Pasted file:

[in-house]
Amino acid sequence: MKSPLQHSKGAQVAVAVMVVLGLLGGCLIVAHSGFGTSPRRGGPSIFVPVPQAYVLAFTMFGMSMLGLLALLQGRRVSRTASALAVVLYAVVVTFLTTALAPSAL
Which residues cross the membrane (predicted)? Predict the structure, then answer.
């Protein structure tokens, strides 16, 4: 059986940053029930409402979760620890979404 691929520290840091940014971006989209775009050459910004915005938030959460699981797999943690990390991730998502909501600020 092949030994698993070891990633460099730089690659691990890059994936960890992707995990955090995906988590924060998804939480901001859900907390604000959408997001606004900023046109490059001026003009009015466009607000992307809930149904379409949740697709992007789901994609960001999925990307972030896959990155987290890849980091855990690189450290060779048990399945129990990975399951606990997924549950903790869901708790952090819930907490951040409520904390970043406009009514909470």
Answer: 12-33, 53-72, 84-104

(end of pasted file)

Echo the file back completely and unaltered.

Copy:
[in-house]
Amino acid sequence: MKSPLQHSKGAQVAVAVMVVLGLLGGCLIVAHSGFGTSPRRGGPSIFVPVPQAYVLAFTMFGMSMLGLLALLQGRRVSRTASALAVVLYAVVVTFLTTALAPSAL
Which residues cross the membrane (predicted)? Predict the structure, then answer.
């Protein structure tokens, strides 16, 4: 059986940053029930409402979760620890979404 691929520290840091940014971006989209775009050459910004915005938030959460699981797999943690990390991730998502909501600020 092949030994698993070891990633460099730089690659691990890059994936960890992707995990955090995906988590924060998804939480901001859900907390604000959408997001606004900023046109490059001026003009009015466009607000992307809930149904379409949740697709992007789901994609960001999925990307972030896959990155987290890849980091855990690189450290060779048990399945129990990975399951606990997924549950903790869901708790952090819930907490951040409520904390970043406009009514909470």
Answer: 12-33, 53-72, 84-104